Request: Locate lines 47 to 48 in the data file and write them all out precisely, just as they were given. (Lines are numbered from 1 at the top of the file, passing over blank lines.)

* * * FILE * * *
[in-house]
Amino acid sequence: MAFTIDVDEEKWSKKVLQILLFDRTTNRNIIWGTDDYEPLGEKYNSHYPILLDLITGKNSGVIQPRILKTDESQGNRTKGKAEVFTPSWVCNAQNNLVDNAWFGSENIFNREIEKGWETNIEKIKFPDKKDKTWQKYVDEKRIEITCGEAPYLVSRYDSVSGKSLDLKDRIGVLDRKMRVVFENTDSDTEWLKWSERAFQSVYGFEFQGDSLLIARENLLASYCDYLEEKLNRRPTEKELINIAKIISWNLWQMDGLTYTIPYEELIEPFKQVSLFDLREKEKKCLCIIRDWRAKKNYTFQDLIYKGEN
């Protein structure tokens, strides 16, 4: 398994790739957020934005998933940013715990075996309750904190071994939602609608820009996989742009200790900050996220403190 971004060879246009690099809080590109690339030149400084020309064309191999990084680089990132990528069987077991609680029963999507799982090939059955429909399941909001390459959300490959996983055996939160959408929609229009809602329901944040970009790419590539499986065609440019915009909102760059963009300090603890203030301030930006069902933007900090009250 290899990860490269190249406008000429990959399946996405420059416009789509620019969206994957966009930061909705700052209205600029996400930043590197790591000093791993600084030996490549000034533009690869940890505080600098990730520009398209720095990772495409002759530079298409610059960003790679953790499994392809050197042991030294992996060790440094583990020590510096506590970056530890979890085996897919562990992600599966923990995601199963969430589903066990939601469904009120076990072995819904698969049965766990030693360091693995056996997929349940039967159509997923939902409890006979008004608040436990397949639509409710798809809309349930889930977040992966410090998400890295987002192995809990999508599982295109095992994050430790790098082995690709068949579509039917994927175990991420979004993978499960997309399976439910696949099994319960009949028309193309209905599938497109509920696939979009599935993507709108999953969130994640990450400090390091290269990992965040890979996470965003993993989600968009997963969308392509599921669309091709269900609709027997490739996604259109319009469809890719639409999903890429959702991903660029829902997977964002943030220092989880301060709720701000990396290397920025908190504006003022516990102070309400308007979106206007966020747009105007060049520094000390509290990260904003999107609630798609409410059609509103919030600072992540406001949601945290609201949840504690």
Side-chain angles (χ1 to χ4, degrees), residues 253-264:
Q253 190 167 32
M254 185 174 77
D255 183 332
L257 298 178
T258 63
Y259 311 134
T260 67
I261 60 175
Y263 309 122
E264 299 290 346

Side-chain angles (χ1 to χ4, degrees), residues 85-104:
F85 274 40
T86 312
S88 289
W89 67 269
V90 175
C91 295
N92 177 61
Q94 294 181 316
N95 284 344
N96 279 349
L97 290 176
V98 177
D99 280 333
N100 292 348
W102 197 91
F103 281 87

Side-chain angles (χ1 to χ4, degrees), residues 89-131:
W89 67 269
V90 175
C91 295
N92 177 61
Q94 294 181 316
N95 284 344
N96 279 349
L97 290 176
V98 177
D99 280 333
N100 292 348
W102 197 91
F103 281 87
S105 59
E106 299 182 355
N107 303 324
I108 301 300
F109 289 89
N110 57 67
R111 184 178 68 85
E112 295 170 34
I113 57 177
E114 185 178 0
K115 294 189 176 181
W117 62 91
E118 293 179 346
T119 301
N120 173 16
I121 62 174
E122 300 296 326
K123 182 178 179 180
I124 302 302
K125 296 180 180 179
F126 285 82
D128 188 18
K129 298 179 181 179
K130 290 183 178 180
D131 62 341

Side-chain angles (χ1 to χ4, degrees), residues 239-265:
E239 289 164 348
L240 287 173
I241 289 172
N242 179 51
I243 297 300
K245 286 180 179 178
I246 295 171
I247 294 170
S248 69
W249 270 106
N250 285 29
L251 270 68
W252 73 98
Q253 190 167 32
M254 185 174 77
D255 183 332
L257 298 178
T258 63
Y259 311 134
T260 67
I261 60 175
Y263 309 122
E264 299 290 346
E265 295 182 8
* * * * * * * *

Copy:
E106 299 182 355
N107 303 324